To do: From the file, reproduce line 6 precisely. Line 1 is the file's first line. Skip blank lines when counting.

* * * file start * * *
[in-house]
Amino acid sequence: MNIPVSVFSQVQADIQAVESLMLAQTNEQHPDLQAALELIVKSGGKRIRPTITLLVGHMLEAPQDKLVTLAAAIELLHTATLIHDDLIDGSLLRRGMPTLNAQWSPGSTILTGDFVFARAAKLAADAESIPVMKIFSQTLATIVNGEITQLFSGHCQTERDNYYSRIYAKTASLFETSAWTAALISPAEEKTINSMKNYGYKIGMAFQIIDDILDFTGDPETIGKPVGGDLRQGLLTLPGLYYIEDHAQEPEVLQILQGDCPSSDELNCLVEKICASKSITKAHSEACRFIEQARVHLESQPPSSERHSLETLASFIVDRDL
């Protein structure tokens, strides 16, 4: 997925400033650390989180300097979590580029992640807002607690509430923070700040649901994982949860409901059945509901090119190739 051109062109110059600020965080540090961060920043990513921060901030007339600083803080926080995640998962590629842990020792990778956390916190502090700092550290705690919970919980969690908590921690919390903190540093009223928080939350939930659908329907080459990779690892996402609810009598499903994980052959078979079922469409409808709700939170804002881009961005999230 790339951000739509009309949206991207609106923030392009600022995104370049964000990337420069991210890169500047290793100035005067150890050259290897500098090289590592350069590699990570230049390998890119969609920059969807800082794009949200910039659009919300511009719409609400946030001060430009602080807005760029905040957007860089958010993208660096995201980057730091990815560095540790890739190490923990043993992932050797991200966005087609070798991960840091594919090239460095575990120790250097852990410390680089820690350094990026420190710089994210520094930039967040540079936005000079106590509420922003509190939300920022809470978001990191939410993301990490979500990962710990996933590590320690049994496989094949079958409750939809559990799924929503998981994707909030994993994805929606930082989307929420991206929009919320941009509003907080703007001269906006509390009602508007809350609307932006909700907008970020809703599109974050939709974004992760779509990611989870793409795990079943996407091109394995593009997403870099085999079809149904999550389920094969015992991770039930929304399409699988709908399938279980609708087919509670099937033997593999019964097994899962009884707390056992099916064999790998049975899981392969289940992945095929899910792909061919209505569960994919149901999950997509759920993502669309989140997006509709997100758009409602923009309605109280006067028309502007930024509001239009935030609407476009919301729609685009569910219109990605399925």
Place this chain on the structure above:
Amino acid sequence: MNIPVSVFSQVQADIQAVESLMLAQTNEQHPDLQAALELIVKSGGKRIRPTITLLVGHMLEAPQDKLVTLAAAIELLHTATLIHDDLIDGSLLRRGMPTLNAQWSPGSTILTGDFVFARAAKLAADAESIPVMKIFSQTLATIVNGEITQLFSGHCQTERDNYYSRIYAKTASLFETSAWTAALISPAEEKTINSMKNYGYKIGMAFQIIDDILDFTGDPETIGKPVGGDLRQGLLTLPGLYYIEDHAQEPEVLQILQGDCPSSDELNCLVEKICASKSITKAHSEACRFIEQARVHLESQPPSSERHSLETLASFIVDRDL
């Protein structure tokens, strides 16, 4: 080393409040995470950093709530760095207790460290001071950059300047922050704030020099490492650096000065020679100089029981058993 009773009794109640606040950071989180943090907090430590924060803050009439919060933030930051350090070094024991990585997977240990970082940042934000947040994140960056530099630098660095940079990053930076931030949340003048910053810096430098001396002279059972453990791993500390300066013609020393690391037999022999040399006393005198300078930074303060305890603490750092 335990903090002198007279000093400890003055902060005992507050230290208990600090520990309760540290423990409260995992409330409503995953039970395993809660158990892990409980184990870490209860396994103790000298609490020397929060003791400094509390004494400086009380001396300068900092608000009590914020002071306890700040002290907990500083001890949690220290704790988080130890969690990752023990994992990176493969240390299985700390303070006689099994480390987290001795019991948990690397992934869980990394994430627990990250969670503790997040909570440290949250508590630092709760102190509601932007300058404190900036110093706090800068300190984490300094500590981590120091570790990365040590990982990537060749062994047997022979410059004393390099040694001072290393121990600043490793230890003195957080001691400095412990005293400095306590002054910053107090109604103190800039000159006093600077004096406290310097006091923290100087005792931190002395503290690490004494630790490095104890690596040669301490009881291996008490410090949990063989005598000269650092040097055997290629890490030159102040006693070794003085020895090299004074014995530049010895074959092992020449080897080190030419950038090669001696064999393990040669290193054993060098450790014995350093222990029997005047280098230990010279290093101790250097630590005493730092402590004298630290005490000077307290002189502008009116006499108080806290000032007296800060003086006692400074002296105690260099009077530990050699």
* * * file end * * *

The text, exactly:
């Protein structure tokens, strides 16, 4: 080393409040995470950093709530760095207790460290001071950059300047922050704030020099490492650096000065020679100089029981058993 009773009794109640606040950071989180943090907090430590924060803050009439919060933030930051350090070094024991990585997977240990970082940042934000947040994140960056530099630098660095940079990053930076931030949340003048910053810096430098001396002279059972453990791993500390300066013609020393690391037999022999040399006393005198300078930074303060305890603490750092 335990903090002198007279000093400890003055902060005992507050230290208990600090520990309760540290423990409260995992409330409503995953039970395993809660158990892990409980184990870490209860396994103790000298609490020397929060003791400094509390004494400086009380001396300068900092608000009590914020002071306890700040002290907990500083001890949690220290704790988080130890969690990752023990994992990176493969240390299985700390303070006689099994480390987290001795019991948990690397992934869980990394994430627990990250969670503790997040909570440290949250508590630092709760102190509601932007300058404190900036110093706090800068300190984490300094500590981590120091570790990365040590990982990537060749062994047997022979410059004393390099040694001072290393121990600043490793230890003195957080001691400095412990005293400095306590002054910053107090109604103190800039000159006093600077004096406290310097006091923290100087005792931190002395503290690490004494630790490095104890690596040669301490009881291996008490410090949990063989005598000269650092040097055997290629890490030159102040006693070794003085020895090299004074014995530049010895074959092992020449080897080190030419950038090669001696064999393990040669290193054993060098450790014995350093222990029997005047280098230990010279290093101790250097630590005493730092402590004298630290005490000077307290002189502008009116006499108080806290000032007296800060003086006692400074002296105690260099009077530990050699």